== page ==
While the decision to take up the vote was welcomed by liberal parties, political experts said it was a risky election ploy by Merkel.

Anja Neundorf, associate professor at the University of Nottingham, viewed Merkel's change of heart on marriage equality as an "appeal to the average German voter," she told CNN.

She said it could be a move that backfires among the votes she needs from her conservative supporters, particularly in Bavaria.

Her actions angered and caused concern among conservative elected officials – queer and straight – in Merkel's coalition government: her own Christian Democratic Union Party; the Alternative for Germany, which is co-led by lesbian Alice Weidel; and the Bavarian sister party, the Christian Social Union. The issue is so divisive that the politicians have openly expressed anger at her and are concerned over how their vote will affect their bids to keep their seats in office, reported the Hendelsblatt.

Merkel and her coalition partners have successfully blocked a vote on legalizing same-sex marriage for years.

The conservative parties ignored growing favor for marriage equality among lawmakers and the public in Germany to the point where the liberal Greens took the issue to Germany's highest court, which rejected the party's appeal June 22. However, the vote suddenly happened last week.

The Greens enjoy coalition support with center-left parties the Free Democrats and the Social Democratic Party.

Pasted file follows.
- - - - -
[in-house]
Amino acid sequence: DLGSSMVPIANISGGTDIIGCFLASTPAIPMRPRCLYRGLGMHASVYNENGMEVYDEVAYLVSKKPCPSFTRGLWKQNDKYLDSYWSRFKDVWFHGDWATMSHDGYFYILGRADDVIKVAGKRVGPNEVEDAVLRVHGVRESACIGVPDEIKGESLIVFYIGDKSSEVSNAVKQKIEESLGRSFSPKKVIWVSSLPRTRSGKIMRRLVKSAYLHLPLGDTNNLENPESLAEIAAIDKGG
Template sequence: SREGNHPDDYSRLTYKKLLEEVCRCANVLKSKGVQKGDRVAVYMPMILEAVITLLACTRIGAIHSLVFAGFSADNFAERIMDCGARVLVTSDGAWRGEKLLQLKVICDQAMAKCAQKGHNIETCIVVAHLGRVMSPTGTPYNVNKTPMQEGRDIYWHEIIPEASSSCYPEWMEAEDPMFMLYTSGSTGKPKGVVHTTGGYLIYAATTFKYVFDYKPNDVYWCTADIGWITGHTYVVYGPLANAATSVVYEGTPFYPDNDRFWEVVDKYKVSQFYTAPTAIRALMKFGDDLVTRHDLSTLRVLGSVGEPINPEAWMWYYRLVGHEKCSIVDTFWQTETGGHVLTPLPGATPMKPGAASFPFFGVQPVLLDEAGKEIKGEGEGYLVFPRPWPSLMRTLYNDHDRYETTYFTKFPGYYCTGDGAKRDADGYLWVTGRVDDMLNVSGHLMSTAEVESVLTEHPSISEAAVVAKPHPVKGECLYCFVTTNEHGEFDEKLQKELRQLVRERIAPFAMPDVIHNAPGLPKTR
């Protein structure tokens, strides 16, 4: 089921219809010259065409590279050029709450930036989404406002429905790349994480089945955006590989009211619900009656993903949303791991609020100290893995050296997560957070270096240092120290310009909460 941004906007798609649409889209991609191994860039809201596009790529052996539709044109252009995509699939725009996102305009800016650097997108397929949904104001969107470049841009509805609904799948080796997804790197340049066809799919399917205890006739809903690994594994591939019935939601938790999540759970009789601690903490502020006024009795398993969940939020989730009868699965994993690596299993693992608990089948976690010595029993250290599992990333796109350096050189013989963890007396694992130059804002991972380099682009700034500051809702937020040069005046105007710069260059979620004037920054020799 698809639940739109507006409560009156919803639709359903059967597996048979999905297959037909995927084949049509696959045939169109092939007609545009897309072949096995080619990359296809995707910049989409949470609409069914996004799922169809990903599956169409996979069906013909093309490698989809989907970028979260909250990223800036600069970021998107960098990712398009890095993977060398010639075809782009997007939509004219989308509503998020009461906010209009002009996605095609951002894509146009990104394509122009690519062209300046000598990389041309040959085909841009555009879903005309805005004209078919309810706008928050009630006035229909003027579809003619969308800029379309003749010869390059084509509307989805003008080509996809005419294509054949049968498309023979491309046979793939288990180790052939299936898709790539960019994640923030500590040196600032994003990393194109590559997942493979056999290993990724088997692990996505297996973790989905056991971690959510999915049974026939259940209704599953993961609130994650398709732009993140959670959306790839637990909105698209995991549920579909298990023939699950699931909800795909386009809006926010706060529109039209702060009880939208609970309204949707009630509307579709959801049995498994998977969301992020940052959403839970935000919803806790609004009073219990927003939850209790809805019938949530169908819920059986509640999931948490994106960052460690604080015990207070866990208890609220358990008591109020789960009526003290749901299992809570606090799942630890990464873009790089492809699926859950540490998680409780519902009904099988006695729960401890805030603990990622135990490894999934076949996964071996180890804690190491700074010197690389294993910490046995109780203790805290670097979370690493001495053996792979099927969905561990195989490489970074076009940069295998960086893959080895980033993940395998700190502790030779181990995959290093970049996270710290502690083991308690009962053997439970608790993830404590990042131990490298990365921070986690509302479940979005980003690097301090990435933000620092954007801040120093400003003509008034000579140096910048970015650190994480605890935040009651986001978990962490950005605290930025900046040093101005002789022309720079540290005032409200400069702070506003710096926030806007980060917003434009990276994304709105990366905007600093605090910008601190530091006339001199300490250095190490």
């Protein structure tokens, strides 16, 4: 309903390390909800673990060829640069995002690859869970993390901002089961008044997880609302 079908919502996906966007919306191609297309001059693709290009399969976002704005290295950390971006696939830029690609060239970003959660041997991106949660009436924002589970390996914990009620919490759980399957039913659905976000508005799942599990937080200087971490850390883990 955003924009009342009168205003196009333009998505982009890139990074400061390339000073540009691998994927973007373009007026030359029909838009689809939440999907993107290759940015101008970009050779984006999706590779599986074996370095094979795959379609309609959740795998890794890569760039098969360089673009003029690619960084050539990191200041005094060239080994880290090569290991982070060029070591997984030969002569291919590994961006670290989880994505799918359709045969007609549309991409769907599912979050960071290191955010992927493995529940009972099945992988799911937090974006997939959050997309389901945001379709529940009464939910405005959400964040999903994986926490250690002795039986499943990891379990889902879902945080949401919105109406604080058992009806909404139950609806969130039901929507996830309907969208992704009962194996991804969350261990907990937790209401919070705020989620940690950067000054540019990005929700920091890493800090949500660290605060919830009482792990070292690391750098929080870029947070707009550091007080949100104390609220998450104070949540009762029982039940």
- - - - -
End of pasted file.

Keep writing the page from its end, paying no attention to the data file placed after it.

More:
Serbia elects gay, female prime minister

Serbia's parliament voted 157-55 June 29 for Ana Brnabic to become the country's prime minister.

It was a victory for Serbian President Aleksandar Vucic, who nominated the political newcomer to take over from acting prime minister Ivica Dacic. Dacic, who formerly served as prime minister and is the current foreign minister, held the post through June following Vucci's election as Serbia's president.

Brnabic, 41, is a gay woman with less than a year in political office as a public administration minister. She has already signaled her pro-Russia position despite claiming that joining the European Union is her top priority.

Her list of proposed cabinet members includes pro-Russia and anti-Western ministers, including Dacic continuing as foreign minister and Aleksandar Vulin, a former labor minister, as the defense minister, reported ABC News.

Homosexuality was decriminalized in 1994, however, LGBT Serbians often face harassment in the conservative Orthodox country.


Got international LGBT news tips? Contact Heather Cassell at